“The Next Right Step” – A Catholic Talk by Charlie Johnston

My Radio Interview with Charlie Johnston

https://shar.es/152f7c

Over the last couple of months, more or less out of the blue, many people began contacting me to ask what I think of a gentleman named Charlie Johnston, a Catholic who’s made some startling predictions about dire events in the near future. Is he authentic? they asked. What do you think of his predictions? etc. Some express …

St Ambrose – ON THE DEATH OF HIS BROTHER

From a book on the death of his brother Satyrus by Saint Ambrose, bishop

Let us die with Christ, to live with Christ
We see that death is gain, life is loss. Paul says: For me life is Christ, and death a gain. What does “Christ” mean but to die in the body, and receive the breath of life? Let us then die with Christ, to live with Christ. We should have a daily familiarity with death, a daily desire for death. By this kind of detachment our soul must learn to free itself from the desires of the body. It must soar above earthly lusts to a place where they cannot come near, to hold it fast. It must take on the likeness of death, to avoid the punishment of death. The law of our fallen nature is at war with the law of our reason and subjects the law of reason to the law of error. What is the remedy? Who will set me free from this body of death? The grace of God, through Jesus Christ, our Lord.
We have a doctor to heal us; let us use the remedy he prescribes. The remedy is the grace of Christ, the dead body our own. Let us then be exiles from our body, so as not to be exiles from Christ. Though we are still in the body, let us not give ourselves to the things of the body. We must not reject the natural rights of the body, but we must desire before all else the gifts of grace.
What more need be said? It was by the death of one man that the world was redeemed. Christ did not need to die if he did not want to, but he did not look on death as something to be despised, something to be avoided, and he could have found no better means to save us than by dying. Thus his death is life for all. We are sealed with the sign of his death; when we pray we preach his death; when we offer sacrifice we proclaim his death. His death is victory; his death is a sacred sign; each year his death is celebrated with solemnity by the whole world.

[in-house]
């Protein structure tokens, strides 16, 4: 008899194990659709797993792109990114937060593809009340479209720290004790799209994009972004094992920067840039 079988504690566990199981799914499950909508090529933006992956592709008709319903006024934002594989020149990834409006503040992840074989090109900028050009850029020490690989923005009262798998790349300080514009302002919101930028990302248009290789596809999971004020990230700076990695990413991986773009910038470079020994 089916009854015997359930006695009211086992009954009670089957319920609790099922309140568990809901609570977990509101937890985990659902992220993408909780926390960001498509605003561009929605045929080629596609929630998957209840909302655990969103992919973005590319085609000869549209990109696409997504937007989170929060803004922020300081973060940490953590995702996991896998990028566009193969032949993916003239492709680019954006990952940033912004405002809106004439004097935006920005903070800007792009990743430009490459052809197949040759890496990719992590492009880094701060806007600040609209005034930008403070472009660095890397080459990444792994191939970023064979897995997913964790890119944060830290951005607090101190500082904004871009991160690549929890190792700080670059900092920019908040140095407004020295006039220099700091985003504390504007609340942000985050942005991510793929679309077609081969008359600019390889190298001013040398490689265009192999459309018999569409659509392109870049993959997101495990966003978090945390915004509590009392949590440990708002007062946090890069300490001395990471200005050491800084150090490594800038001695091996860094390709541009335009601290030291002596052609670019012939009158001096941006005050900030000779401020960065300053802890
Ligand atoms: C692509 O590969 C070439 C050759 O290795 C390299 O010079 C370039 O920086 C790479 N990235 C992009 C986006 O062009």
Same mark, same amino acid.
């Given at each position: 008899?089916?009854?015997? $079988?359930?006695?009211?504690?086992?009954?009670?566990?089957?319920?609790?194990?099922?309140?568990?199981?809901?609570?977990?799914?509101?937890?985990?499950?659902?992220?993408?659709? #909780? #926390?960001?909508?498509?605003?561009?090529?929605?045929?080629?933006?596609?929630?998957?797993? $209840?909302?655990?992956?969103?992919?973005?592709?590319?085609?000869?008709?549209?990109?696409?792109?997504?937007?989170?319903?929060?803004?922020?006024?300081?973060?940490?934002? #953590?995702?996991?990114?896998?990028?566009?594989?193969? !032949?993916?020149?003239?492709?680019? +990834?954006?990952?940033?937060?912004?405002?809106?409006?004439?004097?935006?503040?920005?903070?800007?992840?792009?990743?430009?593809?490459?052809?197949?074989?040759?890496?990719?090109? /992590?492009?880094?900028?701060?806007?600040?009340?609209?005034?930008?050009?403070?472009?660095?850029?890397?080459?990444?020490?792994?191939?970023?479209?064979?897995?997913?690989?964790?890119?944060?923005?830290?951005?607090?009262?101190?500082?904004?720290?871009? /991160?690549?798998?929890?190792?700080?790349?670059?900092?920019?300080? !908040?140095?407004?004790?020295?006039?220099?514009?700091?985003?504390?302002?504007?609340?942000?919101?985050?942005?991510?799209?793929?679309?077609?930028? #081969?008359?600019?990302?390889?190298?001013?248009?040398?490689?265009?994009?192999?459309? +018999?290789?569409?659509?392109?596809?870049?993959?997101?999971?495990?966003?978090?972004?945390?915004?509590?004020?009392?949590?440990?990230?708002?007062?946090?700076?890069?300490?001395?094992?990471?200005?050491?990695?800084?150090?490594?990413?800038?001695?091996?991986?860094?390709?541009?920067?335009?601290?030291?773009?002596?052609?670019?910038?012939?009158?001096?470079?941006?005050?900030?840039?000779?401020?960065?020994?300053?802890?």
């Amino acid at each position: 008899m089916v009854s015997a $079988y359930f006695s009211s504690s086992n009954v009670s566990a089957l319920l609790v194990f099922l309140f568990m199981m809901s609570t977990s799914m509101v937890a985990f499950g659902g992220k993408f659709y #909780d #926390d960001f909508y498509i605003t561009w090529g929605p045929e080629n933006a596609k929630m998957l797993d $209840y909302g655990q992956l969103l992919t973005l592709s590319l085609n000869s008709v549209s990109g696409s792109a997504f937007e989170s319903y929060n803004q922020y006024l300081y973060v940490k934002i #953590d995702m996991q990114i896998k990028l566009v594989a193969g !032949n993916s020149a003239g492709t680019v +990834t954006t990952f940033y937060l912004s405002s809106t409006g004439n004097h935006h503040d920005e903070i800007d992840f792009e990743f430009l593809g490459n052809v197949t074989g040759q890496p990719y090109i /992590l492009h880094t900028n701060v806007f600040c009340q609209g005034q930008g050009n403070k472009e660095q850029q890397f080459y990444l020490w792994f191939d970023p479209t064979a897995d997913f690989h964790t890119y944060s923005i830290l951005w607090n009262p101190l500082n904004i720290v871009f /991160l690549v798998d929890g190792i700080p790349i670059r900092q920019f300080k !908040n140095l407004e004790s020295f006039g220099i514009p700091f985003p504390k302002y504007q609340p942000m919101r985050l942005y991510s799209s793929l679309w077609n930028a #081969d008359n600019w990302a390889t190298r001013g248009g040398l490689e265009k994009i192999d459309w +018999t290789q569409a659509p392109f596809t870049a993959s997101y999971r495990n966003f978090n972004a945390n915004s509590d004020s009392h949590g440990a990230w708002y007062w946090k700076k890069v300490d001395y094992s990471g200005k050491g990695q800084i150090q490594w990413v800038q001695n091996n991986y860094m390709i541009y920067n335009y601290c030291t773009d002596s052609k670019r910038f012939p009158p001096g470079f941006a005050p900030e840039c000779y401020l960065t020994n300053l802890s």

What more should we say about his death since we use this divine example to prove that it was death alone that won freedom from death, and death itself was its own redeemer? Death is then no cause for mourning, for it is the cause of mankind’s salvation. Death is not something to be avoided, for the Son of God did not think it beneath his dignity, nor did he seek to escape it.
Death was not part of nature; it became part of nature. God did not decree death from the beginning; he prescribed it as a remedy. Human life was condemned because of sin to unremitting labor and unbearable sorrow and so began to experience the burden of wretchedness. There had to be a limit to its evils; death had to restore what life had forfeited. Without the assistance of grace, immortality is more of a burden than a blessing.
The soul has to turn away from the aimless paths of this life, from the defilement of an earthly body; it must reach out to those assemblies in heaven (though it is given only to the saints to be admitted to them) to sing the praises of God. We learn from Scripture how God’s praise is sung to the music of the harp: Great and wonderful are your deeds, Lord God Almighty; just and true are your ways, King of the nations. Who will not revere and glorify your nature? You alone are holy; all nations will come and worship before you. The soul must also desire to witness your nuptials, Jesus, and to see your bride escorted from earthly to heavenly realities, as all rejoice and sing: All flesh will come before you. No longer will the bride be held in subjection to this passing world but will be made one with the spirit.
Above all else, holy David prayed that he might see and gaze on this: One thing I have asked of the Lord, this I shall pray for: to dwell in the house of the Lord all the days of my life, and to see how gracious is the Lord.”

Via divine office.org

Willowtree Studio – Digital Artistry

If beauty is your thing, you’ll absolutely fall in love with these. The artist is my sister, but you needn’t be related to recognize genius. (No bias here.)

….and just in time for Christmas!

Please like her on Facebook.

ALL SOULS DAY- LITANY OF THE POOR SOULS IN PURGATTORY

LITANY OF THE POOR SOULS IN PURGATTORY
lionessblog.com

Sorrow In the Midst of Joy

In the midst of joy,
I bear many sorrows.

For the perfection
Of the Trinity’s All Holy
Work of Love,
I place my longing,
My yearning,
Next to your perfect sorrow.

May my cries
Pierce your Immaculate Heart,
O Holy Mother,
As you behold your Son,
In His Dying.

What good can come of sorrow?
You, Queen Mother,
Who sit enthroned
Beside His throne,
Sharing the sweetness
Of Love’s fulfillment,
Know,
And count it all joy.

The One Son,
The One Christ,
Bears Mankind,
As He bore the Cross.
Savor the shed tears
And offer them,
As you did your own.

I await the morning,
The bright dawning
Of Love’s true laughter.

©2013 Joann Nelander
All rights reserved